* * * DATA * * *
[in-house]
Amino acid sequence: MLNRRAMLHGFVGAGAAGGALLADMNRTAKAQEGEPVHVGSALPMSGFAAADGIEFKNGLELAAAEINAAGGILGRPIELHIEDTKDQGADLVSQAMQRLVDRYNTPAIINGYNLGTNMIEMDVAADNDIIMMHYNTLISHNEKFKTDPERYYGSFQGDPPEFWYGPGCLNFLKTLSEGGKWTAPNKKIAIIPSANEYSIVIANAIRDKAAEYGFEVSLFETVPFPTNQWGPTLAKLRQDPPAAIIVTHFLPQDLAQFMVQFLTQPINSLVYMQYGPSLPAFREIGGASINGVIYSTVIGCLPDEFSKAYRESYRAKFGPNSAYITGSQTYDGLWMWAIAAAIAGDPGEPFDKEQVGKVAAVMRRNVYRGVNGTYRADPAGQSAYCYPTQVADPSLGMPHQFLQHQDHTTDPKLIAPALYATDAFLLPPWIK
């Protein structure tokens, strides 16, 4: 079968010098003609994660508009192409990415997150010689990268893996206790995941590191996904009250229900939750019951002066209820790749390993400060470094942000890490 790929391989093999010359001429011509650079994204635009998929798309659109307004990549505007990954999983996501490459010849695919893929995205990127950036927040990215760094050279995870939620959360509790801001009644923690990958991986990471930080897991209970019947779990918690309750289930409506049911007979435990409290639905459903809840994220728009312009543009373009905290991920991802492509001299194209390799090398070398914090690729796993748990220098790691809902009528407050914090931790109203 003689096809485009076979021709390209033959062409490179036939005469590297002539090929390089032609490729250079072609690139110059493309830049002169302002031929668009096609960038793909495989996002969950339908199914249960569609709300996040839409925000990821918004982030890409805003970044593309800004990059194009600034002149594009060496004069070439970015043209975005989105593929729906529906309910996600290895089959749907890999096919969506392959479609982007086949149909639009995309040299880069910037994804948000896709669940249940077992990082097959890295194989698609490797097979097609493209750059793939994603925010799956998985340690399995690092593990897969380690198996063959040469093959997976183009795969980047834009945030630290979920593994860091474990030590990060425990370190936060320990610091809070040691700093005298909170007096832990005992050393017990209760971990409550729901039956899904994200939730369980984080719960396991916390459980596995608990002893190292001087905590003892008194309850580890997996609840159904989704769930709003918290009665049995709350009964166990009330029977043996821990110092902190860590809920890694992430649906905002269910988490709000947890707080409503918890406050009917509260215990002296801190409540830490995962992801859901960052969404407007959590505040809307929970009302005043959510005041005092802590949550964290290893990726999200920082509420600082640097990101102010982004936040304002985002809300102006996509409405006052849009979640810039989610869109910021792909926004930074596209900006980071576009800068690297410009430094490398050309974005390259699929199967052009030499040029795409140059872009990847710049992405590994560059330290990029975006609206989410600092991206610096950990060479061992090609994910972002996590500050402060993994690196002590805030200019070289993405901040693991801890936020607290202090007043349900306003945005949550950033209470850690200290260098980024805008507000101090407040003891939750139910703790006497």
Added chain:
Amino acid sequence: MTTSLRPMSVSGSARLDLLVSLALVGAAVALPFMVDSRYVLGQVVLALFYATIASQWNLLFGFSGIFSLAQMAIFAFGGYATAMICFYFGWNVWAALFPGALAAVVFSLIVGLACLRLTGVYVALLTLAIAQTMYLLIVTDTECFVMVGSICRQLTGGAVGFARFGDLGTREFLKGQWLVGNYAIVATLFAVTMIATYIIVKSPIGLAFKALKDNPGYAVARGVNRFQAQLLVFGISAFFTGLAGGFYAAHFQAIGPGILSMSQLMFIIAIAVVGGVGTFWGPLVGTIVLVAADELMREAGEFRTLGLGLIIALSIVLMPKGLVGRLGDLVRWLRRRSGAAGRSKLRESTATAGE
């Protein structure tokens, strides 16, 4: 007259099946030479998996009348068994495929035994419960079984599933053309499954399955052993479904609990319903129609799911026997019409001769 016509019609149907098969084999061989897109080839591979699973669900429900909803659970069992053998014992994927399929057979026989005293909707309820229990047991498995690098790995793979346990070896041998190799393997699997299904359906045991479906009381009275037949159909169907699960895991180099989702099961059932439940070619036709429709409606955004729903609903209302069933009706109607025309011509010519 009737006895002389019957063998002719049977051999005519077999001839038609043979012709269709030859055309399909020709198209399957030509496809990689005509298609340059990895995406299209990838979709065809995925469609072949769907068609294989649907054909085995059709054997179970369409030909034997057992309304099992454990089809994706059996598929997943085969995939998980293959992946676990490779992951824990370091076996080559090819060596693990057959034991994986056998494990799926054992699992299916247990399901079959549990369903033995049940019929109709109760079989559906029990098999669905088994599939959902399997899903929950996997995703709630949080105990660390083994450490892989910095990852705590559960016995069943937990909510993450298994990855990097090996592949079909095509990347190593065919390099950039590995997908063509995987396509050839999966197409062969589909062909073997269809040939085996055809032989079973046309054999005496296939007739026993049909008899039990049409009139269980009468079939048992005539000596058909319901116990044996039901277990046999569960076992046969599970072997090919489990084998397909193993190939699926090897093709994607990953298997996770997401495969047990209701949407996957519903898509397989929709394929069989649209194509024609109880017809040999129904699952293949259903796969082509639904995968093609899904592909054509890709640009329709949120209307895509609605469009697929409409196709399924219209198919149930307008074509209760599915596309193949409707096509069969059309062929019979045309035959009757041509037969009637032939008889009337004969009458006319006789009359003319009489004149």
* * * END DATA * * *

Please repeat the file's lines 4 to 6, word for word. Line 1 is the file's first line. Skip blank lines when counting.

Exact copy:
Added chain:
Amino acid sequence: MTTSLRPMSVSGSARLDLLVSLALVGAAVALPFMVDSRYVLGQVVLALFYATIASQWNLLFGFSGIFSLAQMAIFAFGGYATAMICFYFGWNVWAALFPGALAAVVFSLIVGLACLRLTGVYVALLTLAIAQTMYLLIVTDTECFVMVGSICRQLTGGAVGFARFGDLGTREFLKGQWLVGNYAIVATLFAVTMIATYIIVKSPIGLAFKALKDNPGYAVARGVNRFQAQLLVFGISAFFTGLAGGFYAAHFQAIGPGILSMSQLMFIIAIAVVGGVGTFWGPLVGTIVLVAADELMREAGEFRTLGLGLIIALSIVLMPKGLVGRLGDLVRWLRRRSGAAGRSKLRESTATAGE
């Protein structure tokens, strides 16, 4: 007259099946030479998996009348068994495929035994419960079984599933053309499954399955052993479904609990319903129609799911026997019409001769 016509019609149907098969084999061989897109080839591979699973669900429900909803659970069992053998014992994927399929057979026989005293909707309820229990047991498995690098790995793979346990070896041998190799393997699997299904359906045991479906009381009275037949159909169907699960895991180099989702099961059932439940070619036709429709409606955004729903609903209302069933009706109607025309011509010519 009737006895002389019957063998002719049977051999005519077999001839038609043979012709269709030859055309399909020709198209399957030509496809990689005509298609340059990895995406299209990838979709065809995925469609072949769907068609294989649907054909085995059709054997179970369409030909034997057992309304099992454990089809994706059996598929997943085969995939998980293959992946676990490779992951824990370091076996080559090819060596693990057959034991994986056998494990799926054992699992299916247990399901079959549990369903033995049940019929109709109760079989559906029990098999669905088994599939959902399997899903929950996997995703709630949080105990660390083994450490892989910095990852705590559960016995069943937990909510993450298994990855990097090996592949079909095509990347190593065919390099950039590995997908063509995987396509050839999966197409062969589909062909073997269809040939085996055809032989079973046309054999005496296939007739026993049909008899039990049409009139269980009468079939048992005539000596058909319901116990044996039901277990046999569960076992046969599970072997090919489990084998397909193993190939699926090897093709994607990953298997996770997401495969047990209701949407996957519903898509397989929709394929069989649209194509024609109880017809040999129904699952293949259903796969082509639904995968093609899904592909054509890709640009329709949120209307895509609605469009697929409409196709399924219209198919149930307008074509209760599915596309193949409707096509069969059309062929019979045309035959009757041509037969009637032939008889009337004969009458006319006789009359003319009489004149």